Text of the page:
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Title: Sending remittance as transnational kinship practices : a case study of Somali refugees in London
Author: Hassan, Mohamed
Awarding Body: Goldsmiths College (University of London)
Current Institution: Goldsmiths College (University of London)
Date of Award: 2015
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This thesis explores the meanings migrants attach to the practice of remitting. Building on previousresearchfindingsonSomaliremittancepractices,it considersthedynamicsofmanaging life in transnational times. We ask what influences can turn Somali refugees in London into ‘Sending Remittance Social Agents’. To examine, we recruited volunteers from twenty households and sought the help of three Money Transfer Business agents [Hawaladers] to serve as gatekeepers and expert guides in the business. We used ethnographic case study to gather evidence in the fieldwork as the participants receive phone calls, analyse information about their family' needs and negotiate with their spouses the amount of money to send. We followed participants as they send remittances, congregate, network and socialise with others in cafés, mosques and community centres. Using Tönnies’ theory of community as the global framework of the study and Interactionist with a ‘Social Field' approaches, we analysed the evidence, investigating how several dynamics influence senders' decisions. These factors include their social structure, culture, Islamic traditions, migration experiences, and subsequent settlement processes in London. Examining how the refugees managed transnational life across nation states, we further studied the participants’ biography, history and changes in their lives. The finding revealed the meanings refugees attach to the practices of remitting are providing much-needed lifeline support, but it also acts as a transnational kinship practices. It is in response to their ‘natural will’ in the context of ‘rational will’.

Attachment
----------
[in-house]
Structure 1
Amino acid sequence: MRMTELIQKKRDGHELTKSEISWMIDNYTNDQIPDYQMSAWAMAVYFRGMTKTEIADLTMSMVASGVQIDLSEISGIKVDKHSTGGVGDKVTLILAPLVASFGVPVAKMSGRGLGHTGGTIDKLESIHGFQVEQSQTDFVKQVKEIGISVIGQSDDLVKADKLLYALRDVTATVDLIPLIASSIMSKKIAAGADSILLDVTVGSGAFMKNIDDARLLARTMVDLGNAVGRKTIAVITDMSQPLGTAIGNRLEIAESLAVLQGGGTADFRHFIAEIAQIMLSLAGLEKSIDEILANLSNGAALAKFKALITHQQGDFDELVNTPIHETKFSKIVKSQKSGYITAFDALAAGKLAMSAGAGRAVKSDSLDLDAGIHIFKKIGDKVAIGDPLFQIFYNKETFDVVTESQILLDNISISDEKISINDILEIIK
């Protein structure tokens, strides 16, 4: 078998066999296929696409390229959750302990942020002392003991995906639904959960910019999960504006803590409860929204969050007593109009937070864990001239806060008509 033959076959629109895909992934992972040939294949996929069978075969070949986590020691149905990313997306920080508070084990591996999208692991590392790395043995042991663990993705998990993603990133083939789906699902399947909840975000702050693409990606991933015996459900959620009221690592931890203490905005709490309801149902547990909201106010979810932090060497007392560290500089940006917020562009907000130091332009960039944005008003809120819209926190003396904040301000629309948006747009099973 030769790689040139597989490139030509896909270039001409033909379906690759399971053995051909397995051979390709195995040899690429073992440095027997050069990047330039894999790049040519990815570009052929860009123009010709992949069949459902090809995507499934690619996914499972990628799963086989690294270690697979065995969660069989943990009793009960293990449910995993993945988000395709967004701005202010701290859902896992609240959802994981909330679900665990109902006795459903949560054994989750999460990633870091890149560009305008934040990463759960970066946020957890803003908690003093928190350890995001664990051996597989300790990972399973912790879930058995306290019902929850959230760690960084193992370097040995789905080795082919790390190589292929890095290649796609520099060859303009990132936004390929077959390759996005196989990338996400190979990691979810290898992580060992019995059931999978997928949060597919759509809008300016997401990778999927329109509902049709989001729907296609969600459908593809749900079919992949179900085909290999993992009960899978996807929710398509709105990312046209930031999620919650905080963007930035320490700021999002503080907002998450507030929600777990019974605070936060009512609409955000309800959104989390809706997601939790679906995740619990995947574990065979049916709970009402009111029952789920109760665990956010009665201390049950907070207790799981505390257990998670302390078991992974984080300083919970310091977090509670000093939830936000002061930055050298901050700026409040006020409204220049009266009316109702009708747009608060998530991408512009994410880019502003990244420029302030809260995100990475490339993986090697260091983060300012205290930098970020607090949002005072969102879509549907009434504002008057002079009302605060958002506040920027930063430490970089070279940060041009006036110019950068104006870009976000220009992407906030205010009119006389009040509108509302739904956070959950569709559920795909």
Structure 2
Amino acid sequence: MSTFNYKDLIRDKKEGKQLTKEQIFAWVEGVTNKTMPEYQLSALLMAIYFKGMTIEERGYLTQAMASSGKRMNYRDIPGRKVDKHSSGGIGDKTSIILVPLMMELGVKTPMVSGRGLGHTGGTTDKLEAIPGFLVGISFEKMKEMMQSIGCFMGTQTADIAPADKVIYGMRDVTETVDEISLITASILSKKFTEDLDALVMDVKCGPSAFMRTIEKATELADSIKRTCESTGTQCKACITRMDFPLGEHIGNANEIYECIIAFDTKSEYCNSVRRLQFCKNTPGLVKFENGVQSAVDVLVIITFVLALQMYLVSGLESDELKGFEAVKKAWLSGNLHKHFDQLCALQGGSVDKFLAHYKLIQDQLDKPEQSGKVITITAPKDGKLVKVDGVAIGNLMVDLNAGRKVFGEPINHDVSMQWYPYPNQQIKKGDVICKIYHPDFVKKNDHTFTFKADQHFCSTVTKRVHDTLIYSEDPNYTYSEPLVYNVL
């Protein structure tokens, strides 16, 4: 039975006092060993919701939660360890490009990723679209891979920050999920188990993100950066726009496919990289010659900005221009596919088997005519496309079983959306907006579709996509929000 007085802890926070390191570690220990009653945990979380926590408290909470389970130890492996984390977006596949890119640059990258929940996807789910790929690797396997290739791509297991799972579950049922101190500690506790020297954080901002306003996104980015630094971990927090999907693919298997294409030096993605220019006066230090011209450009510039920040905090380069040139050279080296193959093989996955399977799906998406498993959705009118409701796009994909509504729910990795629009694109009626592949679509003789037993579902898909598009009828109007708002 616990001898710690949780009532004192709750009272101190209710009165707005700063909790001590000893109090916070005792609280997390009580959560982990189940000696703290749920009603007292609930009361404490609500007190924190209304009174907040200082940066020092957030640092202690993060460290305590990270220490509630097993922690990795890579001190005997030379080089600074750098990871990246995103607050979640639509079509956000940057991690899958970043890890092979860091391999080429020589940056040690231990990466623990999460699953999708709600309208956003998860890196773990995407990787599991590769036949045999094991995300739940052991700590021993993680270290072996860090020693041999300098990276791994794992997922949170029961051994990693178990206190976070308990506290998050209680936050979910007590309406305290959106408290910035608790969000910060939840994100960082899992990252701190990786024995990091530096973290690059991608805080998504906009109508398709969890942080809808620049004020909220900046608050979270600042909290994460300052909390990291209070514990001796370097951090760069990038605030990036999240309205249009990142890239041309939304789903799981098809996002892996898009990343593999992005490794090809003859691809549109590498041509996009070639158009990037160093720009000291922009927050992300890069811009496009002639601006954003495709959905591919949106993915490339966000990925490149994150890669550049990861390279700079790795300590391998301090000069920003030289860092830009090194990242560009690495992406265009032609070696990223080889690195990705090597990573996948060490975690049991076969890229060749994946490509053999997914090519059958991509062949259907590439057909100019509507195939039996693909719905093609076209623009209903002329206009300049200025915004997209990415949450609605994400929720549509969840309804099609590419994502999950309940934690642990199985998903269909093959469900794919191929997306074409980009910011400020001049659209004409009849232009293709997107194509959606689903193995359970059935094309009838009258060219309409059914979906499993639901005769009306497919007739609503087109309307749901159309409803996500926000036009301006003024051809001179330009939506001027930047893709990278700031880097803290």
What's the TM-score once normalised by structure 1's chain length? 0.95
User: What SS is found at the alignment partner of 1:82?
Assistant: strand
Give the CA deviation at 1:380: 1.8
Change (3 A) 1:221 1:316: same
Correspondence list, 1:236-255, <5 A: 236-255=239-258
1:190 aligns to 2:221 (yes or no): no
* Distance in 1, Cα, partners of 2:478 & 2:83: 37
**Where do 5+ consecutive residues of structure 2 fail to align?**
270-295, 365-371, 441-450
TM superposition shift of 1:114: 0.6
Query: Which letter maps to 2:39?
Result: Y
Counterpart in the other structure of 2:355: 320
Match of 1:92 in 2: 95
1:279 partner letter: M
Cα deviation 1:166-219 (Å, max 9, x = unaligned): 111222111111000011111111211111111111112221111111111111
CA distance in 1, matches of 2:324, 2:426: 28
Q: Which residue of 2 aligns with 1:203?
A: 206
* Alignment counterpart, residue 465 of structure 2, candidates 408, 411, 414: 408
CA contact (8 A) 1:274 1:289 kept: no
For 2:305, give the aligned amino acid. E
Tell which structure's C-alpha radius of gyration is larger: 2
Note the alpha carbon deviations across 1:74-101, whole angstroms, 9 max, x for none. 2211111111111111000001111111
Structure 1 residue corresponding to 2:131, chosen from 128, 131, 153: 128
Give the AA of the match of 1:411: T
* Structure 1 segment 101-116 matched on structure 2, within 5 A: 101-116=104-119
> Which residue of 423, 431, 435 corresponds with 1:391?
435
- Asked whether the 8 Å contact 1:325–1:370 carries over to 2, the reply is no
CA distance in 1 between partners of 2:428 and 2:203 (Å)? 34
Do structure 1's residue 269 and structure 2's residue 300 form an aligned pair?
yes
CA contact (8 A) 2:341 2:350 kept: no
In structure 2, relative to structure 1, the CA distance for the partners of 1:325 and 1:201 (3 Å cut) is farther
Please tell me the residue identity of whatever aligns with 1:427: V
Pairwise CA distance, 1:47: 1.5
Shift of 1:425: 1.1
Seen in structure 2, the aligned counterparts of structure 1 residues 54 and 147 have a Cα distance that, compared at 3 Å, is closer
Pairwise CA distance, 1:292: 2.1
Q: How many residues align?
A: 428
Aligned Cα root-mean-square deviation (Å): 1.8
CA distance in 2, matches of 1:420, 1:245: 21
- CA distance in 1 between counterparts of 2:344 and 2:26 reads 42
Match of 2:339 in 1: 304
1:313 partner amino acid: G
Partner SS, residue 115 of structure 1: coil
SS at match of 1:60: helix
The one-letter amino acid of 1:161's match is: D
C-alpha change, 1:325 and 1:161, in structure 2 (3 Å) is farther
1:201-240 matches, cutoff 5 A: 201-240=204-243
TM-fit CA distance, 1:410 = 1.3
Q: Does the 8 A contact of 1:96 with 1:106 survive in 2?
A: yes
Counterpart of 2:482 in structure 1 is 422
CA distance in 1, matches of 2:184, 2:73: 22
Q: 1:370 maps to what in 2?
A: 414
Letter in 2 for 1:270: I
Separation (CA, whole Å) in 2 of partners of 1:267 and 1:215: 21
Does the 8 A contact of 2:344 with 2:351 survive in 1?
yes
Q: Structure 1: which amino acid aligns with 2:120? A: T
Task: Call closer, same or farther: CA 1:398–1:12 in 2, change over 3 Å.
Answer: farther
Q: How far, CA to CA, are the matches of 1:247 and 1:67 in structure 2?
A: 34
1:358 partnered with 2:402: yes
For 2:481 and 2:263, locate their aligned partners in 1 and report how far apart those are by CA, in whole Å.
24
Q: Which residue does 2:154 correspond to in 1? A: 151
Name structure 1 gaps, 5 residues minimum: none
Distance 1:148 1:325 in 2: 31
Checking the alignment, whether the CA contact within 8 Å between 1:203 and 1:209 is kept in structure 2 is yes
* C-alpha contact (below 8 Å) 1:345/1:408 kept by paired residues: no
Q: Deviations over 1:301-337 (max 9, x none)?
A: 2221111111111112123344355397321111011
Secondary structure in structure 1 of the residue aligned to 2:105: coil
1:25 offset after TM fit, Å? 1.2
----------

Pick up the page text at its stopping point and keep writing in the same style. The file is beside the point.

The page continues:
Supervisor: Not available Sponsor: Not available
Qualification Name: Thesis (Ph.D.) Qualification Level: Doctoral
EThOS ID:  DOI: Not available